Like a fine wine or a classic cigar, the sultry siren of Sideways - and Hollywood’s latest second-act superstar - just seems to get better with age.
By Joan Tarshis, Photos by Christopher Ameruoso
It’s a hazy,
warm, June-gloom day in Los Angeles. For Virginia Madsen, the skies over her life are clear, and the forecast is busy. After an almost decade-long career deceleration, she’s rapidly gone from “What ever happened to... ?” status to “Get me Virginia Madsen.”
Today she’s sitting poolside at the Chateau Marmont (L.A.’s home away from home for the rich and famous), with her son Jack and her brother, fellow actor and Quentin Tarantino fave, Michael Madsen (Reservoir Dogs, Kill Bill Vol. 1 and 2) nearby. Not too shabby an address for someone who could only get nibbles in B-films just a few years ago. Her dormant seasons began after Jack was born in 1994, when the exhaustion of being a single mother left her barely enough time to take care of the baby - much less to keep her body in the bombshell condition her fans had come to expect. She readily admits that both career and weight were spiraling in the wrong direction, despite the financial and emotional support she received from Jack’s father, actor Antonio Sabato, Jr., until she hired a trainer recommended by her ex. Madsen says she actually would have preferred to stay home and care for her son, would rather not have done some of the roles she was offered in that time - but in reality, she needed the money. “I was a single mother, so I had to go back to work, and I was sort of shocked to find that all the doors were closed,” she says. “I thought that didn’t happen until you hit 40. And of course, it’s funny - now that I am in my 40s, there’s an opening.”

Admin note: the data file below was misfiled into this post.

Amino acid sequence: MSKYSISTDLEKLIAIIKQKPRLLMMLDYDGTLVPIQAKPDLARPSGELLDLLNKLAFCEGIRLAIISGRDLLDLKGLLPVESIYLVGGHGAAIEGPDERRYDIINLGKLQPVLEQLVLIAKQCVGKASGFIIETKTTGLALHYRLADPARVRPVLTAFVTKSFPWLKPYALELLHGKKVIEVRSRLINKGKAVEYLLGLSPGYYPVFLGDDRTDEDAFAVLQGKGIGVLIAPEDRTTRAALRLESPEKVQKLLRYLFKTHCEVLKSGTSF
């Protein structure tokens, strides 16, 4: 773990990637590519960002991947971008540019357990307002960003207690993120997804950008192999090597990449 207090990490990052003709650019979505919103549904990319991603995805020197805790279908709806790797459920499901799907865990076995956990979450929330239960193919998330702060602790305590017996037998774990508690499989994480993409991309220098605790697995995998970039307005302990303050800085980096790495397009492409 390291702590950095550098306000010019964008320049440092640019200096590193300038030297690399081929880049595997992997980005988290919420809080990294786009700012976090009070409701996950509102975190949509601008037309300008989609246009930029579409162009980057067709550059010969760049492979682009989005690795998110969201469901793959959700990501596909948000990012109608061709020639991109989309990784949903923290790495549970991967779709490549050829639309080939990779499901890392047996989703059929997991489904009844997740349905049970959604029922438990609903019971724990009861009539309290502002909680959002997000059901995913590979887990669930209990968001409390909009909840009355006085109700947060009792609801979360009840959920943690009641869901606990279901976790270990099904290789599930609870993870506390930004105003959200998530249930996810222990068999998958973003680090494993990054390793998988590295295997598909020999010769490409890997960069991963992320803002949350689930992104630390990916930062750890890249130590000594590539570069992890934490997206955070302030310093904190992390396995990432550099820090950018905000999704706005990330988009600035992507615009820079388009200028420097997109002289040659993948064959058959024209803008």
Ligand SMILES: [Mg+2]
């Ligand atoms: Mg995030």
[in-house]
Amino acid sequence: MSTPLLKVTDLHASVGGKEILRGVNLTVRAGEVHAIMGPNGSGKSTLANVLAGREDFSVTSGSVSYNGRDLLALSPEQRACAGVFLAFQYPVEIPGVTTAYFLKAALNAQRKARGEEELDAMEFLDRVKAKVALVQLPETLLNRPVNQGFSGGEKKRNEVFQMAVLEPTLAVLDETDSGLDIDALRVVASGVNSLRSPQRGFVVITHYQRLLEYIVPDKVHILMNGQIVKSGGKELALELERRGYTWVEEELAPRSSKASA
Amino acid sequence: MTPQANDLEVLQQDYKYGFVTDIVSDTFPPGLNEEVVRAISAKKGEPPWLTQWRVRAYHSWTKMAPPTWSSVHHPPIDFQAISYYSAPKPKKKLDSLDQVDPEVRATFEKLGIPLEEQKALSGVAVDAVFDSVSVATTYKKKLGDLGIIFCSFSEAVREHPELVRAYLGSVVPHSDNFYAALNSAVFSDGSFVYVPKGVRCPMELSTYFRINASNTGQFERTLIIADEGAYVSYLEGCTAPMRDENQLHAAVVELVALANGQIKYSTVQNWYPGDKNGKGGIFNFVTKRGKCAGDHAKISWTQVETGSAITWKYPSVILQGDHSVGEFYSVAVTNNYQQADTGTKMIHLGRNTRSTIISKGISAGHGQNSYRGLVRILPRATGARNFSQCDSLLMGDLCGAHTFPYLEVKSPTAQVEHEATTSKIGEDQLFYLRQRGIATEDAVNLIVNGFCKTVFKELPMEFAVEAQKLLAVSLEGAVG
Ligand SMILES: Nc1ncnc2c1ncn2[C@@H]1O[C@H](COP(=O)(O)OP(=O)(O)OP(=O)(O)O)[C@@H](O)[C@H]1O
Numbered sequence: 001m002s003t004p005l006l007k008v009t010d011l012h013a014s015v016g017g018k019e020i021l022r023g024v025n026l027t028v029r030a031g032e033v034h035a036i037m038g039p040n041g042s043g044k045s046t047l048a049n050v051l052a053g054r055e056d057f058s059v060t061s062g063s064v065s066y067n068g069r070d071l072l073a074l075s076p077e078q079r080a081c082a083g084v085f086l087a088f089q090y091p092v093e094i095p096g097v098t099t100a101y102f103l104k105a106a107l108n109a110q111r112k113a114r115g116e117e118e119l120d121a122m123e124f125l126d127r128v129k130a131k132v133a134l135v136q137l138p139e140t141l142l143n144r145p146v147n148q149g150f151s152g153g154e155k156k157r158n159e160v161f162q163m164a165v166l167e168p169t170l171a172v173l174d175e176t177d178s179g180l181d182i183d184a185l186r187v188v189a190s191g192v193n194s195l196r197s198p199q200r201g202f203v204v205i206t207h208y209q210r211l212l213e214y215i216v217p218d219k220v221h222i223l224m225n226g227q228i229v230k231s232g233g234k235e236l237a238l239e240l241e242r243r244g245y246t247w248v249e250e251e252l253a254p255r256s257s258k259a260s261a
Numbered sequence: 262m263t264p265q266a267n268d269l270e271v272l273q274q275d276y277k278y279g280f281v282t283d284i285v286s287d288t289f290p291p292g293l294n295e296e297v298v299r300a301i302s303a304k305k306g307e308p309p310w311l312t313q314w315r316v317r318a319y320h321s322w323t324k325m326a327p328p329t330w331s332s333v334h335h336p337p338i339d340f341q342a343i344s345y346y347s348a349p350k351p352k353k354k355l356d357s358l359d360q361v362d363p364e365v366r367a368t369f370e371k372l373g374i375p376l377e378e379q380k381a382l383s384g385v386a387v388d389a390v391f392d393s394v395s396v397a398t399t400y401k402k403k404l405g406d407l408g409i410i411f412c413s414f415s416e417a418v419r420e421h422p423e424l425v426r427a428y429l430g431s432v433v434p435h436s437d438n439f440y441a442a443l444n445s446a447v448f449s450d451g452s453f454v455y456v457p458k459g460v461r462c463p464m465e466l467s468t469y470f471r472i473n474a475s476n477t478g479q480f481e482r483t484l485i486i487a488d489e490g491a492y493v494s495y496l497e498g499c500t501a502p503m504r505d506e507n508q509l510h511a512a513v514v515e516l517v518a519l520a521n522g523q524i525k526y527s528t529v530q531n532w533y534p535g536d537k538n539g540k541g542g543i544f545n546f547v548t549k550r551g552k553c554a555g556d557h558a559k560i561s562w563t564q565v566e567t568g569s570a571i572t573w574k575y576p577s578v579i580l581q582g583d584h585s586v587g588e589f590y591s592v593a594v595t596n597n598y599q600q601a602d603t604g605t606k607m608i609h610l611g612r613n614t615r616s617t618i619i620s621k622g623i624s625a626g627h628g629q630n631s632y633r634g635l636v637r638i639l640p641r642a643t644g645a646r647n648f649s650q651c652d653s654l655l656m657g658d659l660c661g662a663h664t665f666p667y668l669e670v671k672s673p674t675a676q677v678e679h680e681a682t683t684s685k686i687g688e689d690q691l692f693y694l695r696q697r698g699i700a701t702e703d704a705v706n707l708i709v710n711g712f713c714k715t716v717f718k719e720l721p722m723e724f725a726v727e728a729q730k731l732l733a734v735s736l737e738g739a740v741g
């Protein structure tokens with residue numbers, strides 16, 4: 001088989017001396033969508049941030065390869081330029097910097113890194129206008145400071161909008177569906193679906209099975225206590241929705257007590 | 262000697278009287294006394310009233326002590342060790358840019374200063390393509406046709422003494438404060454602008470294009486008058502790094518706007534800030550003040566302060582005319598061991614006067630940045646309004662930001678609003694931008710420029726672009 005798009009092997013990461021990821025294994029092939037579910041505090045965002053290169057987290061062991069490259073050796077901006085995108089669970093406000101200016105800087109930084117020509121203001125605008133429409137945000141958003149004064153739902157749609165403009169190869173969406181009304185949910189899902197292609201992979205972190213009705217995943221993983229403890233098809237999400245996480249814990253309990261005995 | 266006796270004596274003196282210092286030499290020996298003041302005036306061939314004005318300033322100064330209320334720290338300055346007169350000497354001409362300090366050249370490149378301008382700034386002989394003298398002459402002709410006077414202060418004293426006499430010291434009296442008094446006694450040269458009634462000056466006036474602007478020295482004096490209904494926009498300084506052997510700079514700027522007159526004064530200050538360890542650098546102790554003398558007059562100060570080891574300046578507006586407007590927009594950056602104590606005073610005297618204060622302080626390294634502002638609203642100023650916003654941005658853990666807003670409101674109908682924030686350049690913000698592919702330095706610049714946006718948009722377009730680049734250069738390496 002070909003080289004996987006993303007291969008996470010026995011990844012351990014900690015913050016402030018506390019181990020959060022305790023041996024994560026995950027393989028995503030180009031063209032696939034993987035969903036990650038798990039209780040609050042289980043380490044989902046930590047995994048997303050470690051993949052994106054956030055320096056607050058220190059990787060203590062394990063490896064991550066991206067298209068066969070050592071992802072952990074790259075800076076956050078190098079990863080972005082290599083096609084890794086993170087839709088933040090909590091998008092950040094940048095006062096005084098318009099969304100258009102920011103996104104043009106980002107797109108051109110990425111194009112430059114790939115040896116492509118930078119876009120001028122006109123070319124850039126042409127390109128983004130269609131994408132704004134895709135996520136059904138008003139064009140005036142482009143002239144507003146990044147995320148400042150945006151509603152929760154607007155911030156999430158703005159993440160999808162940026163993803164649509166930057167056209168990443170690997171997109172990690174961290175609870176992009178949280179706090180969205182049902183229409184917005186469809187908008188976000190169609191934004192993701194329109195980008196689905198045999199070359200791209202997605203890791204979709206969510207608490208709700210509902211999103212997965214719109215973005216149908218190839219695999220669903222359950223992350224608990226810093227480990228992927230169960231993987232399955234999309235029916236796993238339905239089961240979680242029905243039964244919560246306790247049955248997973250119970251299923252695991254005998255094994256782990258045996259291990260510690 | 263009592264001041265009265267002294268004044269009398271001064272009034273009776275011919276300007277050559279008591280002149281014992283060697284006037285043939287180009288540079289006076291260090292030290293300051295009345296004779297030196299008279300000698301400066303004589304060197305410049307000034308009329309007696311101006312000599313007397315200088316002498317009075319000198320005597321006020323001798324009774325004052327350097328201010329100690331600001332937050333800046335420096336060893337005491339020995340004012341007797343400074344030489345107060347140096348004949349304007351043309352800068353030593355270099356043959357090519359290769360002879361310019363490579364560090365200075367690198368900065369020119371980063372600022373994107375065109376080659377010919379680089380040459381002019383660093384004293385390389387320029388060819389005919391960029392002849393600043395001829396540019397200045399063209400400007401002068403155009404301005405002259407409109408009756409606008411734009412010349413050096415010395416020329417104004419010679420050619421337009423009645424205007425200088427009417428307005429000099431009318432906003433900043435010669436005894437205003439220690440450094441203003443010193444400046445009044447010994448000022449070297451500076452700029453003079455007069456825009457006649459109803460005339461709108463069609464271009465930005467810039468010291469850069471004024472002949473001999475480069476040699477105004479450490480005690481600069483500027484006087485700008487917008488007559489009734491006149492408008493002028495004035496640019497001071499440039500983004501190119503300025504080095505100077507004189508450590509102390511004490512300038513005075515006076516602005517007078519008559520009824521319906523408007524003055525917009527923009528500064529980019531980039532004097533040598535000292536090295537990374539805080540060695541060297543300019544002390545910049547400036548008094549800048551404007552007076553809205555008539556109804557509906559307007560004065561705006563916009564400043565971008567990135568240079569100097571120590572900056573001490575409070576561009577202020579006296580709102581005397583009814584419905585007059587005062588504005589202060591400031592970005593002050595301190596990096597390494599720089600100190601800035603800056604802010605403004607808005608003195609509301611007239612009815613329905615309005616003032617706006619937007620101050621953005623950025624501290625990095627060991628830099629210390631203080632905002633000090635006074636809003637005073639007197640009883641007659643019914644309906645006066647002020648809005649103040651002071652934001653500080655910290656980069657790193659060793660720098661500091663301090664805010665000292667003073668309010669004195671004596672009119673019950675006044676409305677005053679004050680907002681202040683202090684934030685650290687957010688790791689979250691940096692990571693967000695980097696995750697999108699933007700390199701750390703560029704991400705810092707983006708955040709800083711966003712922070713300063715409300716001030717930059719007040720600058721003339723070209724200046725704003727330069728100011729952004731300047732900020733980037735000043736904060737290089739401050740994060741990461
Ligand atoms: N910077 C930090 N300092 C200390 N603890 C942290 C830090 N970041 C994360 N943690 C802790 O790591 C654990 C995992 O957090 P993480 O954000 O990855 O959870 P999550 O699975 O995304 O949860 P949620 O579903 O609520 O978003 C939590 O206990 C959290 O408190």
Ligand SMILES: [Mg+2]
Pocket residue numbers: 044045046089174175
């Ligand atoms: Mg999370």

If Madsen considers Sideways an opening door, the prior decade was a revolving one. When one performance would bring her close to acclaim, the next might move her further away. There were various roles on TV, including cast regular Rebecca Sandstrom on “American Dreams;” a part in Ghosts of Mississippi; and a string of B-grade, straight-to-video films, not quite up to the career-launching standards of 1984’s Electric Dreams and Dune. For awhile, she even taught art to children. The upshot was that Madsen was able to keep food on the table, but remained stuck in a professional limbo. Even being cast in Francis Ford Coppola’s version of John Grisham’s legal thriller, The Rainmaker, did not make her fallow career fertile again. Then, in 2004, writer/director Alexander Payne (Election, About Schmidt,) came to the rescue. He cast her as Maya in last year’s vintage comedy, Sideways, and suddenly Madsen found herself on Hollywood’s A-list, and eventually its even more-coveted double-A list - as in Academy Award-nominated.
That one break has fulfilled a desire she’s had as far back as she can remember. Her first stab as a thespian was as her brother’s assistant in magic shows the two would concoct for their family. “Anything creative was encouraged by our parents, especially our mother. I was always my brother’s assistant, which kind of aggravated me because I never got to wear the top hat,” she says. In high school, Madsen never hung with the cool kids, instead involving herself with acting projects. After graduating from New Trier High School in Winnetka, Illinois (other graduates include Ralph Bellamy, Charlton Heston, Rock Hudson, Hugh O’Brien, Ann-Margret, and Bruce Dern), she studied acting in Chicago with renowned coach Ted Liss, then moved to Hollywood.